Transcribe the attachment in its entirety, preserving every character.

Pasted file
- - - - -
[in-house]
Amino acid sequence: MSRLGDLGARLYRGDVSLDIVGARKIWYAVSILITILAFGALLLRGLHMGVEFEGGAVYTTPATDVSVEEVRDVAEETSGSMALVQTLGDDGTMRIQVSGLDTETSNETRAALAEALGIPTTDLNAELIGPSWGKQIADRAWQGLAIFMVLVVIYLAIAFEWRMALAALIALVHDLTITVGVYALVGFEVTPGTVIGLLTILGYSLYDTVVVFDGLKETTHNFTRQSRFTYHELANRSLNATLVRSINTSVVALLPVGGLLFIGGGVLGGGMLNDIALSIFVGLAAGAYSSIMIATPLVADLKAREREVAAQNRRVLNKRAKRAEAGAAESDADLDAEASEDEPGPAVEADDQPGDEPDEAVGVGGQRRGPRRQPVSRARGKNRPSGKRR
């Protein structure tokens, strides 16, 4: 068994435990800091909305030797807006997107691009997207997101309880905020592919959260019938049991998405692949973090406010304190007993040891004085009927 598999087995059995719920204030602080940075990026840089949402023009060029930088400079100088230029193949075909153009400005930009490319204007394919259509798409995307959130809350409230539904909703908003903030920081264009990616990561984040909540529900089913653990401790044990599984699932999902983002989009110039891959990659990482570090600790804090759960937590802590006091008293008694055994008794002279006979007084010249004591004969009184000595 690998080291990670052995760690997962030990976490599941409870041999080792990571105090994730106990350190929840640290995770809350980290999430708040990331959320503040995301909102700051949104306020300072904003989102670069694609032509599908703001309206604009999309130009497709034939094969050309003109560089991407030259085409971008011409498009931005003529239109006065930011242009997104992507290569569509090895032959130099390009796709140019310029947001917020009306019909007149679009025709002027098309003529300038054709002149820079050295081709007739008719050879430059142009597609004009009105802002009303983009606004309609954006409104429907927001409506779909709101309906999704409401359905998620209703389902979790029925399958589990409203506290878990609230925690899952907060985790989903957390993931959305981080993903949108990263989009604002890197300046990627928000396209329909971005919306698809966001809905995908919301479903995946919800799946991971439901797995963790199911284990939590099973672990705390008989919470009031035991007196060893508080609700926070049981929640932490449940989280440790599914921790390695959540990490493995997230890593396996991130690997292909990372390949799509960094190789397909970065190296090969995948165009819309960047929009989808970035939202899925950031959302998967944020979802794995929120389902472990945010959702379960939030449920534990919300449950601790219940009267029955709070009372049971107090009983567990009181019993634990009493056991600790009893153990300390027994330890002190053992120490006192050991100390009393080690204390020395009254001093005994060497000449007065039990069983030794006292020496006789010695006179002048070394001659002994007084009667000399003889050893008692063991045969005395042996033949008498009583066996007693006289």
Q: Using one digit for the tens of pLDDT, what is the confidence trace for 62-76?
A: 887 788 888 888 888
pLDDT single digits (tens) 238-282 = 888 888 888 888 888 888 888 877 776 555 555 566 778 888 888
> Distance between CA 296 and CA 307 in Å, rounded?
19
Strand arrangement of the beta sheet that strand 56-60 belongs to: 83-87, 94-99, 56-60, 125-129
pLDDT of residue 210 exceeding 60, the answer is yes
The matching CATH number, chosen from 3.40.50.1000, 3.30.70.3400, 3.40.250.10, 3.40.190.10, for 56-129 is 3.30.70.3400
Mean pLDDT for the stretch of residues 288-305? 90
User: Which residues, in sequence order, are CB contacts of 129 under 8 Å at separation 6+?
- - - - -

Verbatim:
[in-house]
Amino acid sequence: MSRLGDLGARLYRGDVSLDIVGARKIWYAVSILITILAFGALLLRGLHMGVEFEGGAVYTTPATDVSVEEVRDVAEETSGSMALVQTLGDDGTMRIQVSGLDTETSNETRAALAEALGIPTTDLNAELIGPSWGKQIADRAWQGLAIFMVLVVIYLAIAFEWRMALAALIALVHDLTITVGVYALVGFEVTPGTVIGLLTILGYSLYDTVVVFDGLKETTHNFTRQSRFTYHELANRSLNATLVRSINTSVVALLPVGGLLFIGGGVLGGGMLNDIALSIFVGLAAGAYSSIMIATPLVADLKAREREVAAQNRRVLNKRAKRAEAGAAESDADLDAEASEDEPGPAVEADDQPGDEPDEAVGVGGQRRGPRRQPVSRARGKNRPSGKRR
């Protein structure tokens, strides 16, 4: 068994435990800091909305030797807006997107691009997207997101309880905020592919959260019938049991998405692949973090406010304190007993040891004085009927 598999087995059995719920204030602080940075990026840089949402023009060029930088400079100088230029193949075909153009400005930009490319204007394919259509798409995307959130809350409230539904909703908003903030920081264009990616990561984040909540529900089913653990401790044990599984699932999902983002989009110039891959990659990482570090600790804090759960937590802590006091008293008694055994008794002279006979007084010249004591004969009184000595 690998080291990670052995760690997962030990976490599941409870041999080792990571105090994730106990350190929840640290995770809350980290999430708040990331959320503040995301909102700051949104306020300072904003989102670069694609032509599908703001309206604009999309130009497709034939094969050309003109560089991407030259085409971008011409498009931005003529239109006065930011242009997104992507290569569509090895032959130099390009796709140019310029947001917020009306019909007149679009025709002027098309003529300038054709002149820079050295081709007739008719050879430059142009597609004009009105802002009303983009606004309609954006409104429907927001409506779909709101309906999704409401359905998620209703389902979790029925399958589990409203506290878990609230925690899952907060985790989903957390993931959305981080993903949108990263989009604002890197300046990627928000396209329909971005919306698809966001809905995908919301479903995946919800799946991971439901797995963790199911284990939590099973672990705390008989919470009031035991007196060893508080609700926070049981929640932490449940989280440790599914921790390695959540990490493995997230890593396996991130690997292909990372390949799509960094190789397909970065190296090969995948165009819309960047929009989808970035939202899925950031959302998967944020979802794995929120389902472990945010959702379960939030449920534990919300449950601790219940009267029955709070009372049971107090009983567990009181019993634990009493056991600790009893153990300390027994330890002190053992120490006192050991100390009393080690204390020395009254001093005994060497000449007065039990069983030794006292020496006789010695006179002048070394001659002994007084009667000399003889050893008692063991045969005395042996033949008498009583066996007693006289």
Q: Using one digit for the tens of pLDDT, what is the confidence trace for 62-76?
A: 887 788 888 888 888
pLDDT single digits (tens) 238-282 = 888 888 888 888 888 888 888 877 776 555 555 566 778 888 888
> Distance between CA 296 and CA 307 in Å, rounded?
19
Strand arrangement of the beta sheet that strand 56-60 belongs to: 83-87, 94-99, 56-60, 125-129
pLDDT of residue 210 exceeding 60, the answer is yes
The matching CATH number, chosen from 3.40.50.1000, 3.30.70.3400, 3.40.250.10, 3.40.190.10, for 56-129 is 3.30.70.3400
Mean pLDDT for the stretch of residues 288-305? 90
User: Which residues, in sequence order, are CB contacts of 129 under 8 Å at separation 6+?